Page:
Civil Rights/Constitutional Law

In this section, we'll look both at the basic civil rights guaranteed to citizens through the U.S. Constitution and the rights bestowed on citizens through special statutes. In most cases, the statutes were enacted in order to supplement, clarify, or expand rights previously guaranteed in the Constitution.


We'll then look at how those rights get protected, focusing on both the interplay between the judicial branch and the legislative branch and the interplay between the federal and state systems.


U.S. Constitution. The U.S. Constitution, which went into effect in 1789, established that the U.S. federal government would consist of three branches – the executive, judicial, and executive – and it established the various powers that those branches would have.


Bill of Rights. As conditions evolved, the Constitution has been amended 26 times over the years as conditions evolved, such as to forbid slavery and to give women the right to vote. The first 10 amendments are called the Bill of Rights, and they are the constitutional source of most of what we think of today as our guaranteed rights and freedom: free exercise of religion, free speech, peaceable assembly, redress for grievances, right to bear arms, freedom from unreasonable search and seizure, freedom from double jeopardy, freedom from self-incrimination, due process, speedy trials, right to jury trials in certain cases, and the right to an attorney in a criminal case, among others.


Civil rights legislation. When we think of civil rights today, we tend to think of rights granted to minorities, most notably through the Civil Rights Act of 1964, which forbade discrimination based on race, color, religion, sex, and national origin. Other laws have been passed to protect other groups deemed worthy of proctection, such as laws to probihit discirmination based on age, disability, and sexual orientation. Still other laws have been passed to protect certain groups in certain situations, such as the Title IX law banning sex discrimination in higher education.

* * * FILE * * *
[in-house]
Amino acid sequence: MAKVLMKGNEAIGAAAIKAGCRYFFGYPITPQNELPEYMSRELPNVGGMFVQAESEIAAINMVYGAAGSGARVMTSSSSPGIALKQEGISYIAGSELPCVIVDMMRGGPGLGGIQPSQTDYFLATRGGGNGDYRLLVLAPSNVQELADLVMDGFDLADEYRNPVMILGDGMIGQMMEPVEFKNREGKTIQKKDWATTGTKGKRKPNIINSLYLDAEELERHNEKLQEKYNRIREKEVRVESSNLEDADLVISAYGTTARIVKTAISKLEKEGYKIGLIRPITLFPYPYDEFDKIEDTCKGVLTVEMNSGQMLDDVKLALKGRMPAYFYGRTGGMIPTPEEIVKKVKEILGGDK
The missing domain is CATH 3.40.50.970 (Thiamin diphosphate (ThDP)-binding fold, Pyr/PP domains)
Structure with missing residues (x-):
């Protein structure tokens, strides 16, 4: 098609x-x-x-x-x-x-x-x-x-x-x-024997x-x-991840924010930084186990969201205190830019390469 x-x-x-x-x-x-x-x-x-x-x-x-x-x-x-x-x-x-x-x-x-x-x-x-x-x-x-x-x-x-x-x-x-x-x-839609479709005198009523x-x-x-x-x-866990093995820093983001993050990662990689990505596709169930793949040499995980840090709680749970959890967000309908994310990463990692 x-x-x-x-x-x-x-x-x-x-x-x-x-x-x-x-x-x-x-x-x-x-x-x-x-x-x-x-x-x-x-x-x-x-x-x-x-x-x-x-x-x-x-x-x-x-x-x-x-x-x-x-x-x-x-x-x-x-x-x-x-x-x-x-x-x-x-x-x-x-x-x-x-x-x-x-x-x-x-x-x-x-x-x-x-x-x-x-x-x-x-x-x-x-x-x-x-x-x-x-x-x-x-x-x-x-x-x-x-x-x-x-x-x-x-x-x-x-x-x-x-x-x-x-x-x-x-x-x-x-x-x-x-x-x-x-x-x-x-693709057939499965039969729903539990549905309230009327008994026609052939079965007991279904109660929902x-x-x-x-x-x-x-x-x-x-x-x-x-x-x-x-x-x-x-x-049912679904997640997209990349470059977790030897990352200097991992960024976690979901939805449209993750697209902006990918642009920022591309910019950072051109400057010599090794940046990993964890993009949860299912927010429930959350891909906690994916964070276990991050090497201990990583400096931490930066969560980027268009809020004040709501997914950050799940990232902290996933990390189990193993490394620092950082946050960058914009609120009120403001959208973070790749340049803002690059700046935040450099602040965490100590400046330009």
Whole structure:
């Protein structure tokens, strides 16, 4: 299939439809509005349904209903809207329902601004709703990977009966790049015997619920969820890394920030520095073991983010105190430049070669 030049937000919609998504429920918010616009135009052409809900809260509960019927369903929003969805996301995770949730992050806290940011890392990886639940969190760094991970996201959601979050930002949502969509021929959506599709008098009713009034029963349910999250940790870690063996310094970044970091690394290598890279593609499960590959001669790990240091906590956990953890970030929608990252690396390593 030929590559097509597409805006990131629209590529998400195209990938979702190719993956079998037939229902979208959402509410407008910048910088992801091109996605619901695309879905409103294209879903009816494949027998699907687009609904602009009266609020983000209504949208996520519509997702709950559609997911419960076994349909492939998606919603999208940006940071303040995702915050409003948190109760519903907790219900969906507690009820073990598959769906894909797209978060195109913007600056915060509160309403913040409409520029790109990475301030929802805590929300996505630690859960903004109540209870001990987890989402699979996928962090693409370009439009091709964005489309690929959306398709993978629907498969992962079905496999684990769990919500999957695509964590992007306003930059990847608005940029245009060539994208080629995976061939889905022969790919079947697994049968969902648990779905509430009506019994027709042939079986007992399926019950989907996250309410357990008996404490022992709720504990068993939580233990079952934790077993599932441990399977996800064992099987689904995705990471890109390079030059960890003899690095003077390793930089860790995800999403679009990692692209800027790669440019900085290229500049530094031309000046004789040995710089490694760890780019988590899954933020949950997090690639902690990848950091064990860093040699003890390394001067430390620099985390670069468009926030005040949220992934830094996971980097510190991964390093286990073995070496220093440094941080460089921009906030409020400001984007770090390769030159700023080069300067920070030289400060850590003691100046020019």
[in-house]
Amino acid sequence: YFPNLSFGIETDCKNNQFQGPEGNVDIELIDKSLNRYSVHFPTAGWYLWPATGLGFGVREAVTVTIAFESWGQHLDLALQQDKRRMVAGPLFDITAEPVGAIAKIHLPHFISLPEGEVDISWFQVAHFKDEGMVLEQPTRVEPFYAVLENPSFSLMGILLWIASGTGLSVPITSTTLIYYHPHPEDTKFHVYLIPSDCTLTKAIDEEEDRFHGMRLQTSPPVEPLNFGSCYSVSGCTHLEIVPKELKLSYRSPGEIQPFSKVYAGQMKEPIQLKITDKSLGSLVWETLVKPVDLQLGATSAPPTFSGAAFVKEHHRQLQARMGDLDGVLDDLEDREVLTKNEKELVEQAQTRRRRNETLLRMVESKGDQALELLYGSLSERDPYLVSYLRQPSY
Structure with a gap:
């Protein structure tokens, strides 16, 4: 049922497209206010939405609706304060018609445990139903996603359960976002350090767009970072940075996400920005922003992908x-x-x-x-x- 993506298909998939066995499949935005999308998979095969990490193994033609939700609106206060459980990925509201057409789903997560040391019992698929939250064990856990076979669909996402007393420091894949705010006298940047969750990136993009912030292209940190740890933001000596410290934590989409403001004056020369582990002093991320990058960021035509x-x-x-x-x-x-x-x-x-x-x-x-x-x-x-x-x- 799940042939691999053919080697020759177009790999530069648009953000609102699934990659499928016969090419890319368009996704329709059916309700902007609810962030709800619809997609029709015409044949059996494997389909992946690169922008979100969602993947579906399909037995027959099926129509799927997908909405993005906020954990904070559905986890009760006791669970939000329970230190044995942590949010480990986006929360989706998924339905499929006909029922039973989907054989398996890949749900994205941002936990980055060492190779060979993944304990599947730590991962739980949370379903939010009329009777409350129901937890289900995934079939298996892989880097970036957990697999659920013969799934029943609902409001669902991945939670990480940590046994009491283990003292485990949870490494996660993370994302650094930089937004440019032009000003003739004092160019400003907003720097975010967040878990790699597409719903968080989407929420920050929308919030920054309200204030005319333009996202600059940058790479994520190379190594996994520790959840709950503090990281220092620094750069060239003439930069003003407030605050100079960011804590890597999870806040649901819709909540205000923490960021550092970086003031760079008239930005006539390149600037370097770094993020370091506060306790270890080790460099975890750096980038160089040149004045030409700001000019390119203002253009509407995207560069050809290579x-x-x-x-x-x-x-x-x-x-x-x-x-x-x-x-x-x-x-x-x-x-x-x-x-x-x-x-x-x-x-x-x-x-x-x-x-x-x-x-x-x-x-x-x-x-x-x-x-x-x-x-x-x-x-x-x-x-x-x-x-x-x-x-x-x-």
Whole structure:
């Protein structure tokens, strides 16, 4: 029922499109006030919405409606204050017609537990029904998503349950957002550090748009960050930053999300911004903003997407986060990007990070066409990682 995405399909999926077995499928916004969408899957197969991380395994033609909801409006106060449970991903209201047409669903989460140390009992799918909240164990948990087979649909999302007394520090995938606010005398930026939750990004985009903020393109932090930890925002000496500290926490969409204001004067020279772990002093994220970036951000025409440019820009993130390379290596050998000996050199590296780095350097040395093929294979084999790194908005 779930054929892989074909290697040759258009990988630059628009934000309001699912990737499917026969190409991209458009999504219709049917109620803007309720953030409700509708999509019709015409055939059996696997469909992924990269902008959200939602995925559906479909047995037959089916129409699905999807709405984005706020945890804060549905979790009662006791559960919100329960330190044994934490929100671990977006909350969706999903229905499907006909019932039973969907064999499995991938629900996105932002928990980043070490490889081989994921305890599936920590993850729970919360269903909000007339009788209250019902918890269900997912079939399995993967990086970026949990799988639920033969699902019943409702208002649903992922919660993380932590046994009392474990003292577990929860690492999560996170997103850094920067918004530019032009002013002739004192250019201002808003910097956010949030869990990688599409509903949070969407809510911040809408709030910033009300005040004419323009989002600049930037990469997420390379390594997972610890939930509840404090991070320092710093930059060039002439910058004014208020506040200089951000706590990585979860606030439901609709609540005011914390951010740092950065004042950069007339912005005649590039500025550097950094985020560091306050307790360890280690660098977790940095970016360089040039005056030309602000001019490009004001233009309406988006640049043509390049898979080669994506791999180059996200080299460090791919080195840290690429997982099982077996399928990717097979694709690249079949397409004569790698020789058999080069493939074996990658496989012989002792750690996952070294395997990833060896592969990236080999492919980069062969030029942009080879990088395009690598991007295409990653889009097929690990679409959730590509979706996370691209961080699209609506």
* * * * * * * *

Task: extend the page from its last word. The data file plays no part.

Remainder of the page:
Inchoate rights. Another set of rights have evolved from U.S. Supreme Court decisions interpreting the Constitution. Though these rights didn't exist explicitly in the Constitution, they were determined by the Court to have been implied by the Constitution. For example, the right to privacy, which includes the right to an abortion, and the right to equal protection under the federal laws are now considered to be constitutional protections, although they were not specifically set out in the Constitution. The various courts fought the battle to interpret the Constitution throughout the 19th and 20th centuries, and it continues to this day.


Judiciary vs. legislative. A second source of contention around the Constitution is the turf wars between Congress, on the one hand, and the federal judiciary, on the other. The Constitution gives Congress the exclusive authority to enact laws. The Constitution gave the federal judiciary the right to try cases brought under the Constitution and other federal laws. That role has subsequently been interpreted to include the power to pass judgment on whether laws Congress passes are constitutionally valid. Thus, the U.S. Supreme Court has a veto-type power over laws that Congress passes, which has caused some tension between the branches.


State vs. federal. The third source of contention around the Constitution is where to draw the line between federal power and state power. The Constitution sets out the areas where Congress shall have power, such as to lay and collect taxes, regulate commerce with foreign nations, and to coin money. The 10th Amendment provides that powers not delegated to the federal government by the Constitution are reserved to the states. These two rules leave a lot of room for interpretation, which has been the source of much of the friction in determining where the federal government's power ends and the state government's power begins. The dispute is generally resolved by the federal judiciary.


Due process. In any discussion of the Constitution, however brief, it's important to understand a couple of additional protections guaranteed in the Constitution that have played a critical role in constitutional law.


The first one is due process. The 5th Amendment provides that the federal government cannot deprive any person of life, liberty, or property without due process of law. The 14th Amendment applies the same rule to the states. There are actually two types of due process, procedural and substantive, but for purposes of this discussion, we are only going to address procedural.